The case of Farkhunda's brutal killing is now closed. Thousands came to the streets of Kabul to demand justice for horrendous and vicious crime of misogyny against Farkhunda. The justice system of Afghanistan swiftly prosecuted the civilians and the police officers. Now, we know the result.
49 people were brought to trial. 27 were found not guilty - eighteen civilians and nine police officers. 12 convictions have been given to civilians - eight guilty of violence against women and four sentenced to death for mob killing. 10 police officers have been convicted for their failure in protecting Farkhunda and dereliction of duty after failing to stop the public lynching. After the brutal killing of Farkhunda, the height of the anger and violence perpetuated by a group of men in the capital city of Kabul stroked a cord in the hearts and minds of the Afghan people. Particularly women protested the injustice from Kabul to Hamburg to the Afghan community of Fremont in California.
Even when the mainstream corporate media gets something right, they're still not telling you the whole story. There is one deep, dark issue about the mainstream media that is almost never talked about. Lee Camp shows the biggest Media Fails ever.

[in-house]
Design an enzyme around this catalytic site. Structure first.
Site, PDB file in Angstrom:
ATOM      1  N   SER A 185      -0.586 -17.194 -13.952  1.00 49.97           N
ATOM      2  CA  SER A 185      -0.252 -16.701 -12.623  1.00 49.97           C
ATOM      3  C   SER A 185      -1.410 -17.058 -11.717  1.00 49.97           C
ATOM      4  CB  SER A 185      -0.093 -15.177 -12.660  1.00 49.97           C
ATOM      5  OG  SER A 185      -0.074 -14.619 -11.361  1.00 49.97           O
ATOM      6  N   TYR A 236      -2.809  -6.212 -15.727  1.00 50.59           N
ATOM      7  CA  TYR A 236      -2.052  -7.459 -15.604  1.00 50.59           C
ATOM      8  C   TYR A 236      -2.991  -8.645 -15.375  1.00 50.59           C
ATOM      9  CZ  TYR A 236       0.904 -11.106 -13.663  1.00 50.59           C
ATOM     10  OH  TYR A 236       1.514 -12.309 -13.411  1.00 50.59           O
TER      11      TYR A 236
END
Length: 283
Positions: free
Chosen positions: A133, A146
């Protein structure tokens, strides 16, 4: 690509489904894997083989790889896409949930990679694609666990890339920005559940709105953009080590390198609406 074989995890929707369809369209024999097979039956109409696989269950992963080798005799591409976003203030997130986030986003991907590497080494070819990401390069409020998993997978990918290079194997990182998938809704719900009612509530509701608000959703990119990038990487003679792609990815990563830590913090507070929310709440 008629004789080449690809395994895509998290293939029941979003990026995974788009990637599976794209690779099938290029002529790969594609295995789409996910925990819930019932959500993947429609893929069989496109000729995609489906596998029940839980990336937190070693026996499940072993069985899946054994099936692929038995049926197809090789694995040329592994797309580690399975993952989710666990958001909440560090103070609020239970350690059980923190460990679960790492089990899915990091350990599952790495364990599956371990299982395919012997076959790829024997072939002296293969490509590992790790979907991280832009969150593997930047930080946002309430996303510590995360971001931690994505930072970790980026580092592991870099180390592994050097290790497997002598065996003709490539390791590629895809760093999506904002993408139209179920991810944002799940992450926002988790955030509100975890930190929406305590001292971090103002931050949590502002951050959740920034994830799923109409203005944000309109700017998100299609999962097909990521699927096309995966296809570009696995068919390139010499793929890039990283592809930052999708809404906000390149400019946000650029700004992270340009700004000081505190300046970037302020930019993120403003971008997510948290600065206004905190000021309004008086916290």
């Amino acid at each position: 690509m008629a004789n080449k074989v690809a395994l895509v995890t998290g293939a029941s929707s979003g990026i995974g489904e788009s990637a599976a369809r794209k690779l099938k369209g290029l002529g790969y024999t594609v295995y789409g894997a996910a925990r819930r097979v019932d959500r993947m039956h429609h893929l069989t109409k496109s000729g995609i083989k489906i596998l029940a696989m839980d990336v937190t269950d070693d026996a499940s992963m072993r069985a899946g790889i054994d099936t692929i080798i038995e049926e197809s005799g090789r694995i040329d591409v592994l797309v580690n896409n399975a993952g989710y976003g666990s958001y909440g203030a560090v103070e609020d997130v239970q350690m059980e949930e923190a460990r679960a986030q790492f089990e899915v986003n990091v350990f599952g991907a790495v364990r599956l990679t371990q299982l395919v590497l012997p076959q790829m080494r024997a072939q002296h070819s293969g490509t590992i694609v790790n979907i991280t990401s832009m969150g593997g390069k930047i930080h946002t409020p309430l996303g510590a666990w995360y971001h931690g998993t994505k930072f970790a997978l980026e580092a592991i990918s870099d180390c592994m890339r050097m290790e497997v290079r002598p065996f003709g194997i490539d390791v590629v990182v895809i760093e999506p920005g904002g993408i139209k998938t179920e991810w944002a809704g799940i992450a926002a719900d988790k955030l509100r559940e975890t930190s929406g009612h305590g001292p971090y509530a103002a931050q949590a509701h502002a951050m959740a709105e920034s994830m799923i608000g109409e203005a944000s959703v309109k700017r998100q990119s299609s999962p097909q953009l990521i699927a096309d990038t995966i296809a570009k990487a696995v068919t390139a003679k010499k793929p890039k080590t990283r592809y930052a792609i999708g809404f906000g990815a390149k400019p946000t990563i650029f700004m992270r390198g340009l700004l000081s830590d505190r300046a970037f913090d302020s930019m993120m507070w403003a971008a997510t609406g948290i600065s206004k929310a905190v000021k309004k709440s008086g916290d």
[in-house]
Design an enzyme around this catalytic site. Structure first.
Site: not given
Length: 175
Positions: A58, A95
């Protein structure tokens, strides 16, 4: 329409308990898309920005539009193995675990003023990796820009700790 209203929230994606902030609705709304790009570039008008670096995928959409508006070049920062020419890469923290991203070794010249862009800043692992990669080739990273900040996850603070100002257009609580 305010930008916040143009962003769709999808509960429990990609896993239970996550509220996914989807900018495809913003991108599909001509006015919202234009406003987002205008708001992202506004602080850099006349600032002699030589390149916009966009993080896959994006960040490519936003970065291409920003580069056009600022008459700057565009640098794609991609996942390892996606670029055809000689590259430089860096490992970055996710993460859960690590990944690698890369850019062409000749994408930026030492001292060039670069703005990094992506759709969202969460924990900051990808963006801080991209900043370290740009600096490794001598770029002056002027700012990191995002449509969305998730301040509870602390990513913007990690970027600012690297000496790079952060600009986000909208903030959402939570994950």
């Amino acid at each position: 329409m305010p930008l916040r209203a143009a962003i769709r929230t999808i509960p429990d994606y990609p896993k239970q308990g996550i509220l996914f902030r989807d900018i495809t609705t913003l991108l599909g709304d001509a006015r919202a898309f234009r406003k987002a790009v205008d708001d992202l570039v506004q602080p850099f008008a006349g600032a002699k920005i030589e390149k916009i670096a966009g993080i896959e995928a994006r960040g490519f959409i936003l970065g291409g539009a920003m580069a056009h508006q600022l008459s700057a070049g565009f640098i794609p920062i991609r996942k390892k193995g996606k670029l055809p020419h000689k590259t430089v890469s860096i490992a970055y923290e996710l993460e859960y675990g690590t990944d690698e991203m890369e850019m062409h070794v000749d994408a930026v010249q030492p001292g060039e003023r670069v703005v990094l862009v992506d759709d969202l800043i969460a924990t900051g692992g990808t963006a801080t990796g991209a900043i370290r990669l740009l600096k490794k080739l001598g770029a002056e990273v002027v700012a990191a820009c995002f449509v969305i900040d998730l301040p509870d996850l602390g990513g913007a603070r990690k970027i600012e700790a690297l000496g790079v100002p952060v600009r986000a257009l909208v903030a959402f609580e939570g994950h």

"We prepare for our extinction in order to assure our survival." - Jonathan Schell (American author)
The terrifying film, "The Man Who Saved the World," has been showing in London. Stanislaw Petrov, who appears himself in the film, was the lieutenant colonel in charge of the Russian early warning system when the electronic alarms blared deafeningly and insistently in his command center. All checks confirmed that there was no malfunction. They confirmed a nuclear attack from the US was on its way. It was not possible to wait for radar confirmation of the incoming ballistic missiles because by that time it would be too late to retaliate. Petrov knew that if he reported the alarm to the high command, they would immediately order a retaliatory strike1 initiating a globalnuclear war and the end of most of the human race. On his own imitative, he decided that he did not trust the computers and did nothing.